Davis, Amy C., Bickle, Mike J. and Teagle, Damon A.H.
Imbalance in the oceanic strontium budget
Earth and Planetary Science Letters, 211, (1-2), . (doi:10.1016/S0012-821X(03)00191-2).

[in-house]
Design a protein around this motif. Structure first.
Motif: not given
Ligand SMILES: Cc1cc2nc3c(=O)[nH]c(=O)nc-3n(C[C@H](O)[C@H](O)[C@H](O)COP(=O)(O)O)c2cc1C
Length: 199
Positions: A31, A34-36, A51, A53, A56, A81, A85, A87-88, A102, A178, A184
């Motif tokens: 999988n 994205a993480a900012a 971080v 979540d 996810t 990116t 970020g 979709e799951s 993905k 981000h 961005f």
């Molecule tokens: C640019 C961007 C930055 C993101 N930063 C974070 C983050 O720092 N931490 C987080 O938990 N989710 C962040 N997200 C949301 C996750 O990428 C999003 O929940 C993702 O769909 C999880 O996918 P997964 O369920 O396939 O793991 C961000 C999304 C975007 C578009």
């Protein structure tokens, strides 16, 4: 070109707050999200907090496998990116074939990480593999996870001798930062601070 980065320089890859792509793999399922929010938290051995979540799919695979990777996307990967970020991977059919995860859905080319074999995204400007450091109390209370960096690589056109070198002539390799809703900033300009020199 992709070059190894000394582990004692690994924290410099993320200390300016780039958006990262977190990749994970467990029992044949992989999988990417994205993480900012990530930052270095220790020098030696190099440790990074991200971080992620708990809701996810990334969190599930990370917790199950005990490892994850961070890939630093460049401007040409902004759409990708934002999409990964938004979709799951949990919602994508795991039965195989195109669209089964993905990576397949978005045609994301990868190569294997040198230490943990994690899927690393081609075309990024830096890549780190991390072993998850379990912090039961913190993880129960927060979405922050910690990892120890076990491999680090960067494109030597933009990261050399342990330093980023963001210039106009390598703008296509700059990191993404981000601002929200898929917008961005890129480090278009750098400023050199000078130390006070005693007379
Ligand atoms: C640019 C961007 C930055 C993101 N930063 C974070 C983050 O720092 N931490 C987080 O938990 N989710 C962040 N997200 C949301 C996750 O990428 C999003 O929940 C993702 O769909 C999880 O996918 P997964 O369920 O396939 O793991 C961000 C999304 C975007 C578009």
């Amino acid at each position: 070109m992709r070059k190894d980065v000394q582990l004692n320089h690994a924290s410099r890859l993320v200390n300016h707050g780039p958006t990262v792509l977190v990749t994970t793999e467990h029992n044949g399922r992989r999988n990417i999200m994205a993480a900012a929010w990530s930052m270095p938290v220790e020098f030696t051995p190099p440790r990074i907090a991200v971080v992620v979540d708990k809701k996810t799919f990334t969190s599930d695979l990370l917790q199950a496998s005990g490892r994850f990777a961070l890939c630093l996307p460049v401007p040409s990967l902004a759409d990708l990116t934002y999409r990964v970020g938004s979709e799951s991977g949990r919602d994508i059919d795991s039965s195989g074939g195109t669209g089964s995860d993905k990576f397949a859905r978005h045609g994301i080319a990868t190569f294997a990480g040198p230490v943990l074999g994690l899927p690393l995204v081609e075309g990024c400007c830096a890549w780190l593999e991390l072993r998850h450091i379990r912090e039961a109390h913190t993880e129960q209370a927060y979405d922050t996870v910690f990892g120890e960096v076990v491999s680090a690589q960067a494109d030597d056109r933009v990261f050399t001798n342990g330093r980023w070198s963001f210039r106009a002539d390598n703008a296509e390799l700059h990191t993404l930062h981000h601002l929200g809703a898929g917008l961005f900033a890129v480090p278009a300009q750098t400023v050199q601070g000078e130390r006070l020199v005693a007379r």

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Palmer and Edmond [Earth Planet. Sci. Lett. 92 (1989) 11-26] indicated that thermally plausible oceanic hydrothermal inputs of strontium to the oceans are not sufficient to balance the riverine input. It has recently been suggested that off-axis low-temperature hydrothermal circulation may reconcile this discrepancy [e.g. Butterfield et al., Geochim. Cosmochim. Acta 65 (2001) 4141-4153]. Strontium isotope alteration profiles are compiled for sampled in situ ocean and ophiolite crust to calculate a sustainable cumulative hydrothermal flux to the oceanic strontium budget. High-temperature circulation contributes ~1.8 x 109 mol yr-1 of basaltic strontium to the oceans. Enhanced hydrothermal systems in arc-related spreading environments (10% of the crust) may increase this to ~2.3 x 109 mol yr-1. It is shown that low-temperature flow cannot supply the remaining flux required to reconcile the oceanic strontium budget (~8.7 x 109 mol yr-1) because this would require 100% exchange of seawater strontium for basaltic strontium over an 820 m section of MORB-like crust. Currently sampled in situ ocean crust is not altered to this extent. The isotopic alteration intensity of 120 Myr crust sampled in DSDP Holes 417D and 418A indicates that off-axis low-temperature flow may contribute up to ~8 x 108 mol yr-1 of basaltic strontium (9% of that required). The ocean crust can sustain a total basaltic strontium flux of ~3.1+/-0.8 x 109 mol yr-1 (87Sr/86Sr ~0.7025) to the oceans. This is consistent with hydrothermal flux estimates, but remains less than a third of the flux required to balance the oceanic strontium budget. The ocean crust cannot support a higher hydrothermal contribution unless the average ocean crust is significantly more altered than current observation.
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